Metrolinx Transit Safety teams expand to include K9 unit

The three newest team members are undergoing 12 weeks of intensive training and will be on duty sometime in September. Their upcoming official patrols will be historic.

It’s a busy afternoon in York Concourse. Hundreds of thousands of people are flowing through Toronto’s Union Station, heading up to the GO Transit platforms.

But something seems out of place. There’s a grey duffle bag sitting against a pillar, unattended, in York Concourse. It immediately catches the eye of a Transit Safety Officer who investigates and decides what’s really needed, is the finely tuned nose of a K9 unit.

Transit officers stand near a suspicious bag inside Union Station.

A package sits unattended in York Concourse during rush hour. Photo by Bill Grodzinski

Toronto Police Services detection dogs have been working behind the scenes at Union Station, Canada’s largest transit hub, keeping customers safe since 2013.

But now, a decision by Metrolinx to have its own teams on-call 24 hours a day, means officers can investigate suspicious objects in minutes – potentially saving GO Transit and UP Express customers hours in delays.

“We always encourage our customers to say something if they see something,” says Bill Grodzinski, director of transit safety. “Now with our new K9 officers, we can ensure public safety by investigating these incidents on our network much quicker.”

The dogs were carefully selected based on a combination of genetic and behavioural qualities.

While some breeds do tend to make better detection dogs than others, the breed isn’t necessarily the most important genetic factor. Having a keen nose on the other hand, is an absolute must. So is being in good health and passing a strict physical examination by a veterinarian.

The dog’s ability to respond to commands is also very important, and so too is its ‘hunt drive’. Essentially that means how long the dog will stay interested in searching for something. In this case, an ideal canine candidate is one that never gives up.

Another important factor when selecting a dog to help keep Metrolinx infrastructure, stations and customers safe, is how well the animal copes in large public spaces and how they react when they’re near noisy transit vehicles.

Dash and officer Brenton patrol Union Station.

Transit Safety Officer Brenton Hoffman and his K9 partner Dash on the platform at Union Station. The teams’ sole function is dangerous material detection. They will continue to consult and work closely with Metrolinx’ police partners on when they should be called in. Photo by Matt Llewellyn

Following the rigorous selection process, the teams (handler and canine) receive specialized training from the Police Dog Services team at Toronto Police Service.

As part of that, the dogs spend time doing what you might call classroom work; learning the distinct odours associated with numerous dangerous materials. That skill is referred to as imprinting.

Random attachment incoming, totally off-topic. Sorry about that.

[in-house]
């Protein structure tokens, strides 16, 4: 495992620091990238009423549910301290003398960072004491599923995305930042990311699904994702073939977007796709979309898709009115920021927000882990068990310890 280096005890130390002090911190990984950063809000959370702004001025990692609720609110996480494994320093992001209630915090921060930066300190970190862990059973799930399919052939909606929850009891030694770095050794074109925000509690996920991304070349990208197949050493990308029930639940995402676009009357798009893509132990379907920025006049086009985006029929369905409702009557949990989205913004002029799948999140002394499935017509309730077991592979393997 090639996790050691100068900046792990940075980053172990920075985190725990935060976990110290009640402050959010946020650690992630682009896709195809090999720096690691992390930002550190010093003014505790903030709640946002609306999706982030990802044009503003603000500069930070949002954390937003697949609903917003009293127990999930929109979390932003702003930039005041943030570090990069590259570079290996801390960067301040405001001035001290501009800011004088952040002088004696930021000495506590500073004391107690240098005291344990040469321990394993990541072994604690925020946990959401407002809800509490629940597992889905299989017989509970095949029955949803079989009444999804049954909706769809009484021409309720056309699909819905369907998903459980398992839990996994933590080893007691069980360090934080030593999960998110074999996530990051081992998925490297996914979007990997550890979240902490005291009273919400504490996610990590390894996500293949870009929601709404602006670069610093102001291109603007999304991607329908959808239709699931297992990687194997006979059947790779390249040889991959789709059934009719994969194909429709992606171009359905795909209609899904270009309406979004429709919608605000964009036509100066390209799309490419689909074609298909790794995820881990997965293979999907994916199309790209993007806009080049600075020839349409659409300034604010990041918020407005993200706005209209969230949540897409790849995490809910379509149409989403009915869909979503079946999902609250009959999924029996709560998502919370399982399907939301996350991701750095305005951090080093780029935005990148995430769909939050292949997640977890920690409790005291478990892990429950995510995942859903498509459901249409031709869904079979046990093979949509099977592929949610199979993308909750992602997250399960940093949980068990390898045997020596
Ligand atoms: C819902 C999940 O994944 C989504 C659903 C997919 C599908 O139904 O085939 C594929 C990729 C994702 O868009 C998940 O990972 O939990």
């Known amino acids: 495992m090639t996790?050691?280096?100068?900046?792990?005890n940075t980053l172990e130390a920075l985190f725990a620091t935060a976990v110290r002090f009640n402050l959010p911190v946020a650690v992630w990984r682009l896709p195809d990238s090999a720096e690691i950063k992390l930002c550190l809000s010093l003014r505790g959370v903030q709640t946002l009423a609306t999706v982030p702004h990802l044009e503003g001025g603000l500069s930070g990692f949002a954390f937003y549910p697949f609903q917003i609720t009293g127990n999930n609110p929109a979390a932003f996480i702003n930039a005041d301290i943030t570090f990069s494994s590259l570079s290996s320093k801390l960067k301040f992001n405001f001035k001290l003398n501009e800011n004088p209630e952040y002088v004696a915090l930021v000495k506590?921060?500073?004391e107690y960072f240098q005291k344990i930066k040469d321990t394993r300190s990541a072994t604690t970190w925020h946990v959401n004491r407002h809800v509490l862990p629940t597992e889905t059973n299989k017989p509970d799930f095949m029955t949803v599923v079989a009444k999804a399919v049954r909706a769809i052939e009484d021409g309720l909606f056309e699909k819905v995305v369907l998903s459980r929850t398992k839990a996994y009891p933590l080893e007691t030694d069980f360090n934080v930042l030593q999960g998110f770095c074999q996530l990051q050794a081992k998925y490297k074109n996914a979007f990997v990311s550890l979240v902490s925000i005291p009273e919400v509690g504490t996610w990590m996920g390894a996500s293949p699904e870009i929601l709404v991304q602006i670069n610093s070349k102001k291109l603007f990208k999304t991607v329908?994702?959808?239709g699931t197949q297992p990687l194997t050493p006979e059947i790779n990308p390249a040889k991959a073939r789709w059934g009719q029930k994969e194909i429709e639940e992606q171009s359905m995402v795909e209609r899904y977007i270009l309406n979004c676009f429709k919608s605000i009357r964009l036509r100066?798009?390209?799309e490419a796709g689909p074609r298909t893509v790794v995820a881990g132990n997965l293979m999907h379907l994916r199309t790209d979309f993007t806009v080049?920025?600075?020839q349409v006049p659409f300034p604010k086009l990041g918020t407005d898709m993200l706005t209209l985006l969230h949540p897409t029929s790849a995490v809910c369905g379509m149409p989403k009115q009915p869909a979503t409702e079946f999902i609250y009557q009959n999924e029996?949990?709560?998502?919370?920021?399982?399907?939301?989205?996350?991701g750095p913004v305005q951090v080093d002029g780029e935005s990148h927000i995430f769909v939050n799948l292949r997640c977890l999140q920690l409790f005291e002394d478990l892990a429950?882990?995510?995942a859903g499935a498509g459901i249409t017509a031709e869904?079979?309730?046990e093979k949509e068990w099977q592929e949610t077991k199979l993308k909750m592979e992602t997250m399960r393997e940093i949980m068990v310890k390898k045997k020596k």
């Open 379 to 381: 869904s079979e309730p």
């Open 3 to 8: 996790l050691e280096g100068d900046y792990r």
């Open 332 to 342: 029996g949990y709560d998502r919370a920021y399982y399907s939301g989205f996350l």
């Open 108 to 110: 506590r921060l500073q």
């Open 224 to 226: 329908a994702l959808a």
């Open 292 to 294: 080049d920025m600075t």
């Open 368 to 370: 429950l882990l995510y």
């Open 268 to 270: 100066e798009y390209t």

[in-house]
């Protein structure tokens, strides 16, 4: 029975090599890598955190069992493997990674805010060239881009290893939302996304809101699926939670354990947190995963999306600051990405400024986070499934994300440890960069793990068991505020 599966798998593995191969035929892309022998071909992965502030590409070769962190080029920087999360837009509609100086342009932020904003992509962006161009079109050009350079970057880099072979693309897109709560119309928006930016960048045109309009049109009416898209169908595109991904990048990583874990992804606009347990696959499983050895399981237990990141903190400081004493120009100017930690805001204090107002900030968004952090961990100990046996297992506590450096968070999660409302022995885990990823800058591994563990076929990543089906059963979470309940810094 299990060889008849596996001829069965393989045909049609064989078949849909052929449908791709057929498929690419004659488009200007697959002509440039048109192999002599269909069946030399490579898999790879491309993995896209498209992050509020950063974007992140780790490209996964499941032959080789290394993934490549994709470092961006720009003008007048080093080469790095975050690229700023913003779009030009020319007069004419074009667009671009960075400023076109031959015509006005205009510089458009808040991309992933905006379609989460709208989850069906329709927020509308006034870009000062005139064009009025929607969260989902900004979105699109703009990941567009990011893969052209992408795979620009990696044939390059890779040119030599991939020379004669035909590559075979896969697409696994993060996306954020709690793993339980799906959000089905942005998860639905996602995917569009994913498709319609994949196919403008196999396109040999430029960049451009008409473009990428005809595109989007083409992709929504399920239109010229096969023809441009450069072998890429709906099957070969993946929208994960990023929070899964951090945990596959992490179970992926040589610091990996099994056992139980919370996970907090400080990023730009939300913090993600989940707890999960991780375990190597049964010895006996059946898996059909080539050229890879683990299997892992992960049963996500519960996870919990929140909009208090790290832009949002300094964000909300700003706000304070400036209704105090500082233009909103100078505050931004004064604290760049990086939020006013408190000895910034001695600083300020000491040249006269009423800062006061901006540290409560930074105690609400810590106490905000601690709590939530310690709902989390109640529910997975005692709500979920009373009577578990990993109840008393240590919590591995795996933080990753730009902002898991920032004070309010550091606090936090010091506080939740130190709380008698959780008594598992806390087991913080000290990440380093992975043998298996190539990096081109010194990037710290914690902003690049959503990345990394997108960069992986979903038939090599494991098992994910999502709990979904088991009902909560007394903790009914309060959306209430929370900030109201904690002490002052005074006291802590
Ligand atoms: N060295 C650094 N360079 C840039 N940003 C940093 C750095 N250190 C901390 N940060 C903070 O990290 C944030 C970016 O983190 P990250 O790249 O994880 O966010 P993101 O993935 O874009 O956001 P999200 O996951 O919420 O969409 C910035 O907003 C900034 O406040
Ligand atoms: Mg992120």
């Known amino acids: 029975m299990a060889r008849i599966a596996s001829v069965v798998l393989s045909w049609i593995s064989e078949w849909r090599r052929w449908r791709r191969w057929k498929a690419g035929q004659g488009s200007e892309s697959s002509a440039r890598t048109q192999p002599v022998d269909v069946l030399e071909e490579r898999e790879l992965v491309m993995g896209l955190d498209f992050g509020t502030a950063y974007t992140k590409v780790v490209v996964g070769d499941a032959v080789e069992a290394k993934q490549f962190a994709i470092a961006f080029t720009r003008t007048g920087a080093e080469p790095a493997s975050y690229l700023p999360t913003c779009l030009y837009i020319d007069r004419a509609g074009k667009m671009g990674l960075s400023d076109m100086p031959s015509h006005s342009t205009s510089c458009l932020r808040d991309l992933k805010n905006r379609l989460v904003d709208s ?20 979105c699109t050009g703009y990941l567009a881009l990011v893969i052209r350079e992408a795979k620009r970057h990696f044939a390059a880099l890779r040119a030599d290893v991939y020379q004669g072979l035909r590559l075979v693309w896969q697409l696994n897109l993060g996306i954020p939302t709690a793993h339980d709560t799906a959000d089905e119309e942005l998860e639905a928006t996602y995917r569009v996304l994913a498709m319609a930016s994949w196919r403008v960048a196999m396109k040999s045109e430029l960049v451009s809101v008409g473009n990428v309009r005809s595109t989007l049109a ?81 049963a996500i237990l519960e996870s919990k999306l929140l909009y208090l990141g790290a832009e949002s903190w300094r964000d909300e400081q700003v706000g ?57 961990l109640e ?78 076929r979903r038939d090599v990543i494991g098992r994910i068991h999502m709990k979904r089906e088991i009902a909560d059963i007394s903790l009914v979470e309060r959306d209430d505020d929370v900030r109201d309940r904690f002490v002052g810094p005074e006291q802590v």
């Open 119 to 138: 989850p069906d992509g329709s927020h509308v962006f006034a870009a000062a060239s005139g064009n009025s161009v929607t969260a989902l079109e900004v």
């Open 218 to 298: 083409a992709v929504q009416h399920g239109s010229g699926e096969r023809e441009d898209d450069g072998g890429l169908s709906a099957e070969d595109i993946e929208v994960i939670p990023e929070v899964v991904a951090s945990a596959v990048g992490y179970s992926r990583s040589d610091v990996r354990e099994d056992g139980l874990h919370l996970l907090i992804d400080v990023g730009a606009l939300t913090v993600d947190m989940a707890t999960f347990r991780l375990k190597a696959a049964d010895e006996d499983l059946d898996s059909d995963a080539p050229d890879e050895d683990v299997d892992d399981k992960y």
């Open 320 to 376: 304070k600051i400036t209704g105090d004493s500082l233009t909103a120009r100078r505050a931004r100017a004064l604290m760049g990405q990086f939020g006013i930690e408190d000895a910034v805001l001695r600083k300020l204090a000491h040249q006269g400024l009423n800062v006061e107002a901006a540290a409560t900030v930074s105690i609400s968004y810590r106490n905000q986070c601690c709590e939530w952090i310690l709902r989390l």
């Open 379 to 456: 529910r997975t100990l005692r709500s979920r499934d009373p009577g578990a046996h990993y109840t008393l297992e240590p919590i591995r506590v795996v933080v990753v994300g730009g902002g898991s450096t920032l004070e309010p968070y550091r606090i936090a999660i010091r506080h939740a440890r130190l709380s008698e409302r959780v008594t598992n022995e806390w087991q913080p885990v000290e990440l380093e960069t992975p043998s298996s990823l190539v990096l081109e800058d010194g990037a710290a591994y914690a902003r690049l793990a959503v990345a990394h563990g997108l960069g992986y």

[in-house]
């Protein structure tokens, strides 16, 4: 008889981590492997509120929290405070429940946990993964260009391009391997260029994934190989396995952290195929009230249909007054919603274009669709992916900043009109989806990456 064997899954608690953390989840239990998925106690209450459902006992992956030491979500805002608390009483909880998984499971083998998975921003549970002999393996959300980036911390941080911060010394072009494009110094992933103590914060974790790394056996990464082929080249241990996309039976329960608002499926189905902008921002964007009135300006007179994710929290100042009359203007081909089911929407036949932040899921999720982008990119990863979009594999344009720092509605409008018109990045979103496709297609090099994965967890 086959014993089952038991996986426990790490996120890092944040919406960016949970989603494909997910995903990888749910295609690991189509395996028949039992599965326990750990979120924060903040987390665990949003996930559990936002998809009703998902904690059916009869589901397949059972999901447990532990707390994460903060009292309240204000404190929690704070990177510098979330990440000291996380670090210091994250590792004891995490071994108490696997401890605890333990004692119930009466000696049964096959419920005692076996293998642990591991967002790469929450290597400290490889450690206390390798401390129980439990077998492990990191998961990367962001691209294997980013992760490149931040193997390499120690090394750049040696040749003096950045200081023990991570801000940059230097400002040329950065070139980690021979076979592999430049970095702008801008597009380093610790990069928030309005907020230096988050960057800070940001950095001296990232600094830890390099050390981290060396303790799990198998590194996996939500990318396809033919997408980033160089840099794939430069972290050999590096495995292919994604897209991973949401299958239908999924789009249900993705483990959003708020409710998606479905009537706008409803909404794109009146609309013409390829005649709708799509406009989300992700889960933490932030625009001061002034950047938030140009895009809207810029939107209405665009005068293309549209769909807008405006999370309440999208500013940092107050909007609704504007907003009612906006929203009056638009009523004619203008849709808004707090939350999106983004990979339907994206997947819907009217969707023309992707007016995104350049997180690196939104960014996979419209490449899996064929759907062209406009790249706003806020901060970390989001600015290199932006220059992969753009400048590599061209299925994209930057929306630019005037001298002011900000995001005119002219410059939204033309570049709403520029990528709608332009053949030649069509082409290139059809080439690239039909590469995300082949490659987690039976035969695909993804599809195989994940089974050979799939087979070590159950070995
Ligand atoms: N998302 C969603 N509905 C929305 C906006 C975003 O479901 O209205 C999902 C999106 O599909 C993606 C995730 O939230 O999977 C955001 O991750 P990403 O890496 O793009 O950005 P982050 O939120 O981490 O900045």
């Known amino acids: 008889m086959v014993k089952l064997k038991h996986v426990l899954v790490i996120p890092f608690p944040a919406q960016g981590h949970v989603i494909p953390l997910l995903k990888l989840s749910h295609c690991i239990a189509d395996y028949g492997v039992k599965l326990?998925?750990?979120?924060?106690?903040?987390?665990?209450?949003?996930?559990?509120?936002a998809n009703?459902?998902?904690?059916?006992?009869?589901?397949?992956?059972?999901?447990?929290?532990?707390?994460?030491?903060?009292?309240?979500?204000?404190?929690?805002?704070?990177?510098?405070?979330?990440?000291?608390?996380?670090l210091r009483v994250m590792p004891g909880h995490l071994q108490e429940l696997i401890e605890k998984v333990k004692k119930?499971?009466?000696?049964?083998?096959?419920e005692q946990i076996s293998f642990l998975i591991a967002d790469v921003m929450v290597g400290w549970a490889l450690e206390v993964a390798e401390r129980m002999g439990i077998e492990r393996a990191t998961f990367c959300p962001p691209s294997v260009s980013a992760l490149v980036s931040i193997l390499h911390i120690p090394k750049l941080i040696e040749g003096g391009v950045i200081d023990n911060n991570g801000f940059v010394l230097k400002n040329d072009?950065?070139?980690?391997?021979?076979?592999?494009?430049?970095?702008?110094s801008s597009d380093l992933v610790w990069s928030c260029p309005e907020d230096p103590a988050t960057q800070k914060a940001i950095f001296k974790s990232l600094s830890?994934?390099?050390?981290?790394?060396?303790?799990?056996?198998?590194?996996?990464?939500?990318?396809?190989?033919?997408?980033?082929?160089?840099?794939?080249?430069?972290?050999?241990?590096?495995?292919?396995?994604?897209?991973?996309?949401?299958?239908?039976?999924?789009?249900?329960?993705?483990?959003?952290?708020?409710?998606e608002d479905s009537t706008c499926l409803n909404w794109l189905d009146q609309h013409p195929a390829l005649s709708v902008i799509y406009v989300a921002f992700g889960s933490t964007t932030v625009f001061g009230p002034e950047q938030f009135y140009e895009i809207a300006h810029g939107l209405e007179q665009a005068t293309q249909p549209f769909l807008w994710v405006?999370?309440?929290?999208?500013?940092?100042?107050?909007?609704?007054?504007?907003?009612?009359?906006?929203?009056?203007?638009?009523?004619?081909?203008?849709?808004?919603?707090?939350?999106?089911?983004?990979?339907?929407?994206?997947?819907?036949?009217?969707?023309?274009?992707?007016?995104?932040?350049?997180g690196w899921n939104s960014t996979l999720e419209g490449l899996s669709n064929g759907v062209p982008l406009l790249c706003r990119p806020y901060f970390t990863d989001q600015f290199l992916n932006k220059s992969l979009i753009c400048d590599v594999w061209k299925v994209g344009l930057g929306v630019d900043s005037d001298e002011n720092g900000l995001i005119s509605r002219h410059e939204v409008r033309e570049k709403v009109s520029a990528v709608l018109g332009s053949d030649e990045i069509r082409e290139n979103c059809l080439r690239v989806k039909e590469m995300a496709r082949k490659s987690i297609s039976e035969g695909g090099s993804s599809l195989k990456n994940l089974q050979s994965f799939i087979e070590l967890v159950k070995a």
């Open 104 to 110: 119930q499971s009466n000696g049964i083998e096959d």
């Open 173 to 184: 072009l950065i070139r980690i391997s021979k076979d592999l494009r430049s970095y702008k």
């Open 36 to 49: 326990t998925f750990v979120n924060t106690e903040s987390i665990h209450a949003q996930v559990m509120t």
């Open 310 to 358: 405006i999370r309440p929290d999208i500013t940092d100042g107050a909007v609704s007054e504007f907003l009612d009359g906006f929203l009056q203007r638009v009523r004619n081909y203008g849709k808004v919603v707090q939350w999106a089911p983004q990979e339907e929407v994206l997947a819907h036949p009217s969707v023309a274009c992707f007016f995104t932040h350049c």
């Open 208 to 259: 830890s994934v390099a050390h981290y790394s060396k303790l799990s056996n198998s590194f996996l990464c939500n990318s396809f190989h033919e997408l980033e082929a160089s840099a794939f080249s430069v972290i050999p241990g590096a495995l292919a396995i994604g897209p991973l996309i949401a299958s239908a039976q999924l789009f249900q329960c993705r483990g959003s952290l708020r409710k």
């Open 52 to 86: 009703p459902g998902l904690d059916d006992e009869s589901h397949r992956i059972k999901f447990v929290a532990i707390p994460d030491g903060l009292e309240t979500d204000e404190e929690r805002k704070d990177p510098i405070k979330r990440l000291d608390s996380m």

Dash and Officer Hoffman pose near GO trains inside Union Station.

Officer Brenton Hoffman and Dash take a pause before starting another patrol. Photo by Matt llewellyn

The second major part of the police training process involves testing those imprinting skills in a real-world setting. That means hiding dangerous materials around a secret Toronto Police training facility and getting the handlers and dogs to sniff them out.

Raiden and his handler are seen patrolling a hallway.

Transit Safety Officer Cindy Shigetomi and her K9 partner Raiden at an undisclosed Toronto Police training facility. The accredited 12-week training program prepares them for all of the challenges associated with keeping a larger transit network safe. Photo by Matt Llewellyn

“While we have a robust safety and security program in place, K9 teams are proven at deterring danger and enhancing safety,” says Sergeant Cam Cooper, Metrolinx transit safety training supervisor.

Cooper added, the three newest team members will be on duty sometime in September.

Unlike tracking dogs, which help apprehend suspects or narcotics dogs which help sniff out drugs, the Metrolinx K9 teams’ sole function is detection. Cooper adds the Metrolinx K9 unit will continue to consult and work closely with their police partners on when they should be called in.

Transit Safety Officer Cindy Shigetomi and her K9 partner Raiden at the

Transit Safety Officer Cindy Shigetomi and her K9 partner Raiden at the UP Express terminal at Union Station. Photo by Matt Llewellyn

While the dogs are friendly, the Transit Safety team does ask customers to respect their space when they’re on duty.

“Of course there will be interest, it’s an animal,” says Cooper, adding: “it’s important to let our handlers do our jobs for your safety – and for the safety of the handlers as well.”

On their off hours, the dogs live with their handlers. While well cared for, they are not treated as casual family pets.

As for that lonesome grey bag, it turned out not to be a threat this time – with Toronto Police Service determining it had been filled, and forgotten, with hockey equipment.

Dash jumps up to lick Officer Hoffman.

Transit Safety Officer Brenton Hoffman and his K9 partner Dash on the platform at Union Station. Photo by Matt Llewellyn

 

Come September, it’ll be a new breed of Metrolinx officer who will answer the call when suspicions are raised and safety threatened.

Story by Matt Llewellyn, Metrolinx spokesperson and senior advisor, media relations and issues.